Schreiber’s photographs celebrate the potential of the digital to suggest heightened emotional and
intellectual content regardless of “factuality”. 99_1 in which a sea of concrete meets a pair of trees
on either side of the shot, is representative of the longing created by almost all of Schreiber’s
photographs: where is this place, the viewer asks, how can I find it? Of course, it is not a real place,
but rather a digital linking of a concrete plaza and an expanded sky resulting in a monumental
reflection on the succumbing of the pastoral landscape to the onslaughts of highways.

For Schreiber, digital technology enables him to comment of the “real” as he sees it without actually
replicating the real in an objective photograph, an enterprise, as we have seen, that is impossible
to begin with. It is interesting that Schreiber uses the most current digital tools to resurrect a longing
for the landscape and for the comforting symmetries of modernism. His aesthetic is clearly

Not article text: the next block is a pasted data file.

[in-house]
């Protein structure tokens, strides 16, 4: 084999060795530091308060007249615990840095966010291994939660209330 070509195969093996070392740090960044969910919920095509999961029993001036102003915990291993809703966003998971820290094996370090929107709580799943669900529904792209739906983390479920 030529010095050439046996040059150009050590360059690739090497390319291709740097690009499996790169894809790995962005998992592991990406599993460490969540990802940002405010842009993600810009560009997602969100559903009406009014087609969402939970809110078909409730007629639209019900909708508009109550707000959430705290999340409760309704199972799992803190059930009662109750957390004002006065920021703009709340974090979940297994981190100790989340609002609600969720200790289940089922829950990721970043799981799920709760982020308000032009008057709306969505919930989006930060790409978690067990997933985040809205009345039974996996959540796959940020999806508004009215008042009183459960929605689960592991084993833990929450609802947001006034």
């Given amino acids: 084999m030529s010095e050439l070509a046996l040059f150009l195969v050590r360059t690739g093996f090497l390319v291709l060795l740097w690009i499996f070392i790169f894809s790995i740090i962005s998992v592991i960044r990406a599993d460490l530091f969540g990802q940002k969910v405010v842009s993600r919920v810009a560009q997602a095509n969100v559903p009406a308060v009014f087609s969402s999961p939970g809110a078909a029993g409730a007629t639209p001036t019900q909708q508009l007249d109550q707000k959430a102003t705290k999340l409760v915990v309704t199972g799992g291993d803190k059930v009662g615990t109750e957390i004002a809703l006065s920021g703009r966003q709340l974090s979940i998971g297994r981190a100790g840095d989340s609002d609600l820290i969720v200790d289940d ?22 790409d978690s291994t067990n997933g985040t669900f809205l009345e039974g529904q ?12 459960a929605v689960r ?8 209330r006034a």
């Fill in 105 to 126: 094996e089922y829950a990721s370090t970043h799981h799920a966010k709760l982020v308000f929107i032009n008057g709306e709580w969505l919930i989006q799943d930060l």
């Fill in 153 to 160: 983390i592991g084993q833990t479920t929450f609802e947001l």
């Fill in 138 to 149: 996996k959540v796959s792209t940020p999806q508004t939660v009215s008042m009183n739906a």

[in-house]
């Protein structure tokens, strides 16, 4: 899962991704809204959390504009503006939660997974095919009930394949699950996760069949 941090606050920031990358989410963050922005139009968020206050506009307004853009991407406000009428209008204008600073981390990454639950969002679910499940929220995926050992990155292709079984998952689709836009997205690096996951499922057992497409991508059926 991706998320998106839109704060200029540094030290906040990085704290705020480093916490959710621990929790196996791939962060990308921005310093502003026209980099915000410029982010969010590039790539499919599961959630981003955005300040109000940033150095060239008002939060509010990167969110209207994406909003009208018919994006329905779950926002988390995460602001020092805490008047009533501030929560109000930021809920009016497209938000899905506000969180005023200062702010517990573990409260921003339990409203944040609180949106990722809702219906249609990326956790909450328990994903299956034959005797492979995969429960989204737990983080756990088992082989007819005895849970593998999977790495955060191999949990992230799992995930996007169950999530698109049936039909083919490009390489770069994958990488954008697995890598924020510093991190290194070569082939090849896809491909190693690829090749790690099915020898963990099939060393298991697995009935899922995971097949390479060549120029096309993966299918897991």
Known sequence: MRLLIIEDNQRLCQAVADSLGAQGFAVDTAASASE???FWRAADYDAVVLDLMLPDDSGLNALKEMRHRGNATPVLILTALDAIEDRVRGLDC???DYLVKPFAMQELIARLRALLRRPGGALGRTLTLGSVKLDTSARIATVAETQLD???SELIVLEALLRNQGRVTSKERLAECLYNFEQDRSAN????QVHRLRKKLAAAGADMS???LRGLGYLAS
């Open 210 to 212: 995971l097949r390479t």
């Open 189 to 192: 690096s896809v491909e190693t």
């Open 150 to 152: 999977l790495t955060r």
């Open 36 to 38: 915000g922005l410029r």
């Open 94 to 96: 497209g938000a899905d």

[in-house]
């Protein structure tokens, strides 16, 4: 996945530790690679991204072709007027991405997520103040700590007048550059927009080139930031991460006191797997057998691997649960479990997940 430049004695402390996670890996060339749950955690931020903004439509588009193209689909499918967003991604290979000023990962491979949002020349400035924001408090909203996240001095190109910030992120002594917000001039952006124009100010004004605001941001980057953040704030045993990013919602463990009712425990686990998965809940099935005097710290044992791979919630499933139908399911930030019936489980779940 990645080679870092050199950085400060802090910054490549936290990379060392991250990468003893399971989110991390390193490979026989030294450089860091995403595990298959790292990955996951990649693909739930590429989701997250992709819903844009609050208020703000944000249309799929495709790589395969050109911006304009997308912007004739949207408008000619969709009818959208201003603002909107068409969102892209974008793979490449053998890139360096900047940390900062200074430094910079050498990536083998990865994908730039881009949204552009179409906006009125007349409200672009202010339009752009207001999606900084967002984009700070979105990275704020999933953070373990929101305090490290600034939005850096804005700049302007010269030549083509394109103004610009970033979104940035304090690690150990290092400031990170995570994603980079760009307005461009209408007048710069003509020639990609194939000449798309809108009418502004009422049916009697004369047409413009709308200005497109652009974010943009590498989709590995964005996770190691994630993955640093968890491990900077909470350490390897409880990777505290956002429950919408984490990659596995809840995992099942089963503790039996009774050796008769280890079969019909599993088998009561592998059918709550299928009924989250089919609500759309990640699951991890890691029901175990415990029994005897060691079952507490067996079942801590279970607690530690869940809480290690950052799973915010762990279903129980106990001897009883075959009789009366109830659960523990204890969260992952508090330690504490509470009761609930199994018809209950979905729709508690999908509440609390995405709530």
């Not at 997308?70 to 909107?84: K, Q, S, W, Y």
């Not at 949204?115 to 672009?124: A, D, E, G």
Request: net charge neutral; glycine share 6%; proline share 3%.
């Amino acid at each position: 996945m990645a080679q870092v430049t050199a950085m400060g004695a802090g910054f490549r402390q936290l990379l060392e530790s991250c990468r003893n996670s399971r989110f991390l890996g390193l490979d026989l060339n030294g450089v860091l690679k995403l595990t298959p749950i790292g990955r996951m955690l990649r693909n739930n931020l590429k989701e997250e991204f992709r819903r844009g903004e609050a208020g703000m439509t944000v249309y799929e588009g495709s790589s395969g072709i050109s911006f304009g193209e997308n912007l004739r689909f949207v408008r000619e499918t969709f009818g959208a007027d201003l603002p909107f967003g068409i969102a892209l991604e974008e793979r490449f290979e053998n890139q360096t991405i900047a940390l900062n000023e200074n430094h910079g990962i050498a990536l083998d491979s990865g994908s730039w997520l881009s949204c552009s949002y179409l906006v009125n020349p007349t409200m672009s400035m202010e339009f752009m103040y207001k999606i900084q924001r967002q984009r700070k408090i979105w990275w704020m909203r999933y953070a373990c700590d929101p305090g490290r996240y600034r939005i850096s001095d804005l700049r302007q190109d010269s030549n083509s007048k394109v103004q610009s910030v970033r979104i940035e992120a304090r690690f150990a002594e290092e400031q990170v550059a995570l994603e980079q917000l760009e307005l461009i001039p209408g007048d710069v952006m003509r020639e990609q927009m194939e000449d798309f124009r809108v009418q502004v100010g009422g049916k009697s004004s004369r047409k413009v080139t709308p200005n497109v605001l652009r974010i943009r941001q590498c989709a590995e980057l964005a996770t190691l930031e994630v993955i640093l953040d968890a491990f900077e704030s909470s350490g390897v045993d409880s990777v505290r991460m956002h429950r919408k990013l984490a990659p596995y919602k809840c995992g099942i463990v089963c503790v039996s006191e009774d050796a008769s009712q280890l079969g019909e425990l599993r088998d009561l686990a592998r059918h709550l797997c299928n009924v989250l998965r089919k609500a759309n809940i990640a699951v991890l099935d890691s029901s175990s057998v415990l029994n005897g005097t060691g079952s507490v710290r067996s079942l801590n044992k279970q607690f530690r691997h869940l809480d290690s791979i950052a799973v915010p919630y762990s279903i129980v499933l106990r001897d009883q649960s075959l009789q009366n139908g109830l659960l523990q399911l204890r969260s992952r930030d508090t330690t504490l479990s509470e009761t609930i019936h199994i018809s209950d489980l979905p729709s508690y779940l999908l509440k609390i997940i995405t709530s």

classical, similar to portraiture in which the subject of the photograph is fully centered, supported by
elements that serve to highlight the focus of the subject and the viewer’s identification with it.

In 02_6, an abandoned farm, stripped by time to its rotting frame, sits along a road in northern France
surrounded by an early morning mist. Schreiber’s alterations were minimal, he reports, apparently
because the “perfect moment” presented itself. Perhaps it was the dimly viewable tress on a knoll in
the background that was his real subject here, for Schreiber wants his viewers to look closely at the
work and, in time, to find elements not apparent at first.

Michael Rush, excerpt from his text for the catalogue "Staub bauen", 2006